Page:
FAQs and Contact
You can contact either of the campaign co-founders Greg or Matt by email or phone as below – if you can’t get hold of one of us then please try the other – we both have work and childcare commitments, but one of us will always endeavour to get back to you!
Greg Foxsmith email@example.com 07980 846330
Matt Tiller firstname.lastname@example.org 07887 616408
FREQUENTLY ASKED QUESTIONS
Who was Jack Leslie?
For much of his career, Jack Leslie was the only professional black footballer in England playing for Plymouth Argyle from 1921 until his retirement in 1934. From his position at inside left, he was a prolific goal-scorer and went on to captain the team- almost certainly the first black footballer to have captained a professional team in England. He was set to become the first non-white player to represent England at international level in 1925 when he was named in the team but then denied the opportunity when some selectors were made aware that he was “a man of colour.”
You can read more about Jack Leslie on the JACK’S STORY tab on this website!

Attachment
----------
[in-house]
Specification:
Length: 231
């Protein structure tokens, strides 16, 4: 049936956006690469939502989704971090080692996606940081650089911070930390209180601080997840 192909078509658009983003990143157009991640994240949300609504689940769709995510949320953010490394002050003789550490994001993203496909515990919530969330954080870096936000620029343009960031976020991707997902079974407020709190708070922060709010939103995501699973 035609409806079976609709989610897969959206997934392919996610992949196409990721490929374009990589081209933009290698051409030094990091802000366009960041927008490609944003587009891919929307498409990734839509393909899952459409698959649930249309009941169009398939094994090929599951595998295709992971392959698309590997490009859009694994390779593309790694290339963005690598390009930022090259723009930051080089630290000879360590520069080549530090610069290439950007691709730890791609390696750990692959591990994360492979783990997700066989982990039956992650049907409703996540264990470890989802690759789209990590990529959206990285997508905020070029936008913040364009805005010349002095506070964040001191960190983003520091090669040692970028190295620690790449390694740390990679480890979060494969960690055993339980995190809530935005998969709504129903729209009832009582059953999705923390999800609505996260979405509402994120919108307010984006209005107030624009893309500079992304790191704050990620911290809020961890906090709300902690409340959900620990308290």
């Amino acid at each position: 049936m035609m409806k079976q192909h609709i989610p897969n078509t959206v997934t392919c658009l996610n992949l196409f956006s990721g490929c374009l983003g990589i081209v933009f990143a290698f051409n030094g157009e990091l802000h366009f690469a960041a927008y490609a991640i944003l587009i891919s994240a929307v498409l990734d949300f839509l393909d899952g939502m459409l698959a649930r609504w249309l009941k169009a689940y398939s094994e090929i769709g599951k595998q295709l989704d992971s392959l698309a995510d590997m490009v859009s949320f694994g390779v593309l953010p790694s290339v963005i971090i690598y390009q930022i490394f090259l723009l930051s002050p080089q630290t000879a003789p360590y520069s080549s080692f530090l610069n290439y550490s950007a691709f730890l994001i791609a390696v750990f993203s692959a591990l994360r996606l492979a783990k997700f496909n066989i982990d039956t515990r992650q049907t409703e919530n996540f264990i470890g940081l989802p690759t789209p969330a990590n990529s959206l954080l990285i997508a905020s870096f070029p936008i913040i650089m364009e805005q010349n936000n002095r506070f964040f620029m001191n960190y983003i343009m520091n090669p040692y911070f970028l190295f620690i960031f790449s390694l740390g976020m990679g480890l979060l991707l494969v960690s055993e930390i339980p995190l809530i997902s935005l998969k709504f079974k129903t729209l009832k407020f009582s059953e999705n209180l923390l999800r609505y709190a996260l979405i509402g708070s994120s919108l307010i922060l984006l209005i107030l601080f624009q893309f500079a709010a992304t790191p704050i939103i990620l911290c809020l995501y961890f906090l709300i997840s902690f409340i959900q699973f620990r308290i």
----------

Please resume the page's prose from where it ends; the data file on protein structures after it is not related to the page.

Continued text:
(You will find under that tab:
“England Came Knocking – But Then The Door Slammed Shut” by Matt Tiller
“Jack Leslie-a short Biography” by Bill Hern,author “Football’s Black Pioneers” (or long version here)
”Jack’s Stats” by John Eales. )
What is the Jack Leslie Campaign?
The campaign started with a Crowdfunded Campaign to raise money for a statue of Jack Leslie in Plymouth (now completed), but also to promote the story of Jack Leslie, using his story to celebrate diversity and combat racism in football (See the “aims and objectives” on the home page.)
I’m not a football fan, what does this have to do with me?
We believe the prejudice and discrimination from his England rejection are reflective of societal issues, and deserve to be addressed rather than swept under the carpet. By putting up a statue to Jack Leslie now, we are making a proud statement that what happened then was wrong. We believe that ongoing issues of racism in football and wider society are of national significance, and we aim to use the Jack Leslie story in a positive way to challenge racist attitudes. People should be able to succeed in any field, not just the football field, regardless of the colour of their skin.
I’m a fan of another club, not Argyle, what does this have to do with me?
We aim to attract support from fans of all 92 league clubs and beyond, and from the clubs themselves. We have already had incredible support from Barking FC and West Ham United, and Liverpool FC kindly gave us a signed shirt to assist our fundraising. We have even had support from fans of the Devon clubs that are usually sworn rivals of PAFC- see here!
We have been working with The FA, the PFA, the Football Supporters Association, Kick It Out and other organisations to promote diversity and challenge racism in sport throughout our campaign. (see CAMPAIGN SUPPORTERS)
Why did the FA deny Jack Leslie a chance to play?